I think the industry is continuing banking on this policy of forcing everyone to one watering hole and then we’ll buy by default.. or they will somehow find a way to monetize your presence in the arena even if you don’t actually purchase..

    For example, lets say they get the ISPs to charge extra for a monthly music listening license.. They’ll somehow count that as an asset..

    They are counting on new anti-piracy laws and I’ll go out on the limb and say that behind the scenes deals are being cut to have the majors back AT&T and Verizon to dead Net Neutrality in exchange for the majors to first and quicker access to online consumers.. remember u heard that from me first..I’m sure you will see them use their influence to convince Hollywood crowd to go along..

    Key to this will be a point that I predicted which is starting to come to past..The industry is setting up this new online tier system.. People are already being purged from legal music download sites where folks got music for free to play on radio shows..They are shrinking that pool and leaving this for a elite squad of deejays and music tastemakers.. The move is now going to purging anyone who is not on a commercial radio station and I’m sure a set of conditions are soon to follow in order to keep access…

    I dont think any of this will work in terms of actual sales.. but they gonna count us as sales because your in the room.. .ie. jared lives in DC so we will count him as a fan of GoGo to our stock brokers even if you never buy a record.. It’s the pyramid scheme all over..someone will be left holding the bag..

    better yet its a page out the old trick where the industry had us running around talking about how white kids buy more rap than people of color.. That was a complete fabrication for sales.. with news week being the validation..

    In the words of PE.. Cant truss it..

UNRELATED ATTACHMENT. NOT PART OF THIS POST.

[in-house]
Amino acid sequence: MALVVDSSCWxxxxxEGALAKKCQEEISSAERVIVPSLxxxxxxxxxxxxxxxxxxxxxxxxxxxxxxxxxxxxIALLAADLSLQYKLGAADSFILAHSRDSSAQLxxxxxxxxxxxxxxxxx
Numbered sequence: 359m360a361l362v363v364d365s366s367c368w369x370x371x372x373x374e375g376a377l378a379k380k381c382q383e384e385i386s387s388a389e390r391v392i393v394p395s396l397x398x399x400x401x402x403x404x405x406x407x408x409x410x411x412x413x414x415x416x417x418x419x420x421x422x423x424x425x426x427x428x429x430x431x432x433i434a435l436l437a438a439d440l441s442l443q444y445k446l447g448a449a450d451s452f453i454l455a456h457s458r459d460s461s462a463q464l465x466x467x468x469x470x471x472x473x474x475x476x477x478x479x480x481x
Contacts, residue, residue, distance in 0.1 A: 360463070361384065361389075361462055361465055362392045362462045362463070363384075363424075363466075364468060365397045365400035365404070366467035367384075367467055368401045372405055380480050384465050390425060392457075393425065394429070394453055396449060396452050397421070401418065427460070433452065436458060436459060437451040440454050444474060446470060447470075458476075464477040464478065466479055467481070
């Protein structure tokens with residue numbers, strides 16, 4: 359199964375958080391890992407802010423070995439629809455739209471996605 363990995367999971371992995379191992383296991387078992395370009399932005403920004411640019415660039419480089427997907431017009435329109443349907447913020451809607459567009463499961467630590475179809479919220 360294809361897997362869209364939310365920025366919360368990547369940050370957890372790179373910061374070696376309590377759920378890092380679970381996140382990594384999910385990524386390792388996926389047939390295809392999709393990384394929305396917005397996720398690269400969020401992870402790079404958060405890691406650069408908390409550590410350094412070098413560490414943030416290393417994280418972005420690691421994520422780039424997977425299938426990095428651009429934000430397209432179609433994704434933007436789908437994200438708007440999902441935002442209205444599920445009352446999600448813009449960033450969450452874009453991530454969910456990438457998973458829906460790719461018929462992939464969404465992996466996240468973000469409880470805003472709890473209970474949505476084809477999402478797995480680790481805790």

3. The Business Week article is reflecting global record sales and Mr. Del Colliano, I believe, is refering to North Ameican sales. In the article itself it says the global sales will increase by $1.5 billion in 2014 from last years sales (would be refering to 2009), which it also states, will still be 19% less than in 2005. BUT from GROWTH in Latin and Asia Pacific markets, they hope to make up from the North American DECLINE. It’s in the article. I don’t think it disagrees with Jerry’s assessment at all. It even hints at trying to create monopolies with service providers. Then speaks about the government colluding with big business to cut peoples internet access/ privledges for illegealy downloading. In other words creating a greater digital divide and peoples access to education online along class lines (did not state that cut access would be biased acording to economics in the Business Week article, but lets face it, who illegally downloads more? The person who can afford to buy it or the one who can’t?) That is what Jerry was speaking about in his article as well. Davey D is right, the Business Week article reads like a press release handed out to stock holders. But it agrees with Jerry Del Colliano’s article once you read past the propaganda. Just one article is from a North American standpoint and the other is from a global perspective. Peace